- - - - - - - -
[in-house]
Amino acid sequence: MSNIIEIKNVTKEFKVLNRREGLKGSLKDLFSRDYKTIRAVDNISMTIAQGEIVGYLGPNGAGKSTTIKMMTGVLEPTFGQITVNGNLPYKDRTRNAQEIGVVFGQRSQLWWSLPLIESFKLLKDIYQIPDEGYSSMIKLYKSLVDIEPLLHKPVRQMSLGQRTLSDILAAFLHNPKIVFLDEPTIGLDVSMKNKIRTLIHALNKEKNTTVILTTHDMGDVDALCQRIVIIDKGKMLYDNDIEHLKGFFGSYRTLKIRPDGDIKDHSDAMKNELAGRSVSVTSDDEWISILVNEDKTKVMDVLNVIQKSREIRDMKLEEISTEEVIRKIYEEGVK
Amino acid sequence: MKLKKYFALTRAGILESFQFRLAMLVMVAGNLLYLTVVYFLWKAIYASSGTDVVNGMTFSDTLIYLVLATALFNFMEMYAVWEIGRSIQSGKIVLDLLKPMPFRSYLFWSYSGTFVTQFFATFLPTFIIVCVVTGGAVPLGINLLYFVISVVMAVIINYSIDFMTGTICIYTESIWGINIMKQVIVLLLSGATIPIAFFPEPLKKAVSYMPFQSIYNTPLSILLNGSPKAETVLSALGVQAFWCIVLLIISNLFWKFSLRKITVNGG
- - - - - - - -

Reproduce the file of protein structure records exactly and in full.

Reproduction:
[in-house]
Amino acid sequence: MSNIIEIKNVTKEFKVLNRREGLKGSLKDLFSRDYKTIRAVDNISMTIAQGEIVGYLGPNGAGKSTTIKMMTGVLEPTFGQITVNGNLPYKDRTRNAQEIGVVFGQRSQLWWSLPLIESFKLLKDIYQIPDEGYSSMIKLYKSLVDIEPLLHKPVRQMSLGQRTLSDILAAFLHNPKIVFLDEPTIGLDVSMKNKIRTLIHALNKEKNTTVILTTHDMGDVDALCQRIVIIDKGKMLYDNDIEHLKGFFGSYRTLKIRPDGDIKDHSDAMKNELAGRSVSVTSDDEWISILVNEDKTKVMDVLNVIQKSREIRDMKLEEISTEEVIRKIYEEGVK
Amino acid sequence: MKLKKYFALTRAGILESFQFRLAMLVMVAGNLLYLTVVYFLWKAIYASSGTDVVNGMTFSDTLIYLVLATALFNFMEMYAVWEIGRSIQSGKIVLDLLKPMPFRSYLFWSYSGTFVTQFFATFLPTFIIVCVVTGGAVPLGINLLYFVISVVMAVIINYSIDFMTGTICIYTESIWGINIMKQVIVLLLSGATIPIAFFPEPLKKAVSYMPFQSIYNTPLSILLNGSPKAETVLSALGVQAFWCIVLLIISNLFWKFSLRKITVNGG